Britain 750 CE

A collection of Anglo-Saxon kingdoms now covers most of present-day England, and the rest of the British Isles is home to numerous Celtic tribes and kingdoms.

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What is happening in Britain in 750CE

The Anglo-Saxons established a multitude of small kingdoms in eastern Britain. By around 600 these had coalesced into a small number of larger kingdoms. These kingdoms – Northumbria, Mercia and Wessex – gradually extended their territory westward as they incorporated more and more lands of the Britons.

From the end of the sixth century, the Anglo-Saxons began converting to Christianity. To what extent this religion had survived from Roman times is a matter for debate. What is clear is that the Irish were converted to the new religion in the fifth century, and from the sixth century they began sending missionaries to Scotland (where an Irish tribe, the Scotti, had established a kingdom) and northern England. In 597 a mission sent by the Pope in Rome, led by the monk, Augustine, also appeared in the south of England. A sort of pincer movement led to the Anglo-Saxons receiving missions from north and south, and by the end of the seventh century all of England and Scotland had become Christian. The Synod of Whitby (664) had led to all Christians in England accepting the practices of the Roman church, as was the case in most of western Europe.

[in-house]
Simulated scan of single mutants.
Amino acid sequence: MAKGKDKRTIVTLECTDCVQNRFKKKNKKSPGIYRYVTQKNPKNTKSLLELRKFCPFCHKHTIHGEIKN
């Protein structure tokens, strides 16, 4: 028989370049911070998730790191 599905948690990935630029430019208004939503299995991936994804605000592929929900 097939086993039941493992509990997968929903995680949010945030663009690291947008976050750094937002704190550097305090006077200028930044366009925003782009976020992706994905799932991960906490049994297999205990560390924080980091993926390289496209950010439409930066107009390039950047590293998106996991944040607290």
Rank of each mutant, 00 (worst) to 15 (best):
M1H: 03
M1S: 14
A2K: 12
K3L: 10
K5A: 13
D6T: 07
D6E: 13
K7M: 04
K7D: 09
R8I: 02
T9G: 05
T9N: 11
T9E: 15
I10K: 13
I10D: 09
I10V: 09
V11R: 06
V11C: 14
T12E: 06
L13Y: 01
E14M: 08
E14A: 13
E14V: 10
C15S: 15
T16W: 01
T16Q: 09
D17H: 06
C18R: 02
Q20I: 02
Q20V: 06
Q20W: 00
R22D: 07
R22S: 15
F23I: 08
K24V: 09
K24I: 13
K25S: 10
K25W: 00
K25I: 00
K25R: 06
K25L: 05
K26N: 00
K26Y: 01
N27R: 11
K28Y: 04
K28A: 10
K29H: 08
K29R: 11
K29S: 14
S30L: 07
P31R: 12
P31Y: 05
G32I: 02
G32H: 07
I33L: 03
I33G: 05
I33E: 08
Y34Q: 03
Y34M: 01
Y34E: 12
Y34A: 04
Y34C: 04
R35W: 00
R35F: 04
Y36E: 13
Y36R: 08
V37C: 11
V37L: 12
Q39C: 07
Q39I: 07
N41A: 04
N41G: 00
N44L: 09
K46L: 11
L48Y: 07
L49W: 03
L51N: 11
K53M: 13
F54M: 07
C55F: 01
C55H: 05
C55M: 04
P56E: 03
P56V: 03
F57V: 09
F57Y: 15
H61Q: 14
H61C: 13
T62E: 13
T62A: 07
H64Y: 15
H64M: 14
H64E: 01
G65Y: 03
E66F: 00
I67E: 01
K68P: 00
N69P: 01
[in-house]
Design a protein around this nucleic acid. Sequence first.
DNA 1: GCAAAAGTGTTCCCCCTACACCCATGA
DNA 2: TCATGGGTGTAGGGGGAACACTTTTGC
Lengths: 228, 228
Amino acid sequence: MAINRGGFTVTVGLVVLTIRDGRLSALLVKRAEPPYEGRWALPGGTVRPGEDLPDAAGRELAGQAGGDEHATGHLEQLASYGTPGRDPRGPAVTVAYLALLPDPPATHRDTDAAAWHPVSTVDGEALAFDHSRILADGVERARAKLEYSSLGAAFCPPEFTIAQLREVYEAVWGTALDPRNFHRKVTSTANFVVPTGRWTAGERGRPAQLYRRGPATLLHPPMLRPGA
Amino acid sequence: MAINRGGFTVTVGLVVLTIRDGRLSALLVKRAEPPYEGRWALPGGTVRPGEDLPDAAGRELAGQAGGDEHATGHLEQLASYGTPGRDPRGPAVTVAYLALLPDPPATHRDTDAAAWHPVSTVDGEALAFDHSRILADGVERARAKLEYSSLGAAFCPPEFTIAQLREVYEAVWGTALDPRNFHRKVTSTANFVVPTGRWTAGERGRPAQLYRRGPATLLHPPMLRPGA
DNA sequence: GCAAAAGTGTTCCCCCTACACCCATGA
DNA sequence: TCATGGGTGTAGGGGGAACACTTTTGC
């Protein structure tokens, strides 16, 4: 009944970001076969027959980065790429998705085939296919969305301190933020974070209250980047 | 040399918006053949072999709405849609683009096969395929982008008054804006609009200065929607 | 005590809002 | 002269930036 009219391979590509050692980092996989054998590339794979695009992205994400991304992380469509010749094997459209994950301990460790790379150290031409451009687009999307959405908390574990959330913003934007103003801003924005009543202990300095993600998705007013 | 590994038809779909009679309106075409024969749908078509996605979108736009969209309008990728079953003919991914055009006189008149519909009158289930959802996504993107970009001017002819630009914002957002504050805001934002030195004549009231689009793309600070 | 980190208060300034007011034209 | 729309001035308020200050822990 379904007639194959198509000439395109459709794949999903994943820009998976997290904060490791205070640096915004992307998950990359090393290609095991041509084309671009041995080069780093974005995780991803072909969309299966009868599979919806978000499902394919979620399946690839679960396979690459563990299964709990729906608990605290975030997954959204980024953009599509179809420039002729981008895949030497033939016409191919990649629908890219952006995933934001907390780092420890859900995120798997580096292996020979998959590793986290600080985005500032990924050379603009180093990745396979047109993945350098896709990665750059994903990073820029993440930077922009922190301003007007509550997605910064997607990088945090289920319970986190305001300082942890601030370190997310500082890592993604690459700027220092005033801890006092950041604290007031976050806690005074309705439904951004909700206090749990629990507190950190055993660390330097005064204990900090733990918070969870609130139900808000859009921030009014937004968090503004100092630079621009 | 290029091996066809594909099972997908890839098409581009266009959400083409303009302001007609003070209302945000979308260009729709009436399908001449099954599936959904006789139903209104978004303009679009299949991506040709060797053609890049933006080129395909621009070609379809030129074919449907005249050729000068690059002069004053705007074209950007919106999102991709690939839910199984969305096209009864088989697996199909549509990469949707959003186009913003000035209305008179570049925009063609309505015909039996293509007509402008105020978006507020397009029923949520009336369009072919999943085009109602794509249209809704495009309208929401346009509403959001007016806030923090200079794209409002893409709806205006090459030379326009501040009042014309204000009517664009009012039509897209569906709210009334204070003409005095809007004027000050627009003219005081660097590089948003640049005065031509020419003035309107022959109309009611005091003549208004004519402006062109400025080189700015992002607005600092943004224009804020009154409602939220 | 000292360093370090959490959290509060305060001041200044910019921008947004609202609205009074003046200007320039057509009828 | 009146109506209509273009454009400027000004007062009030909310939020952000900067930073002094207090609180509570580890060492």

Next map, Britain in 979

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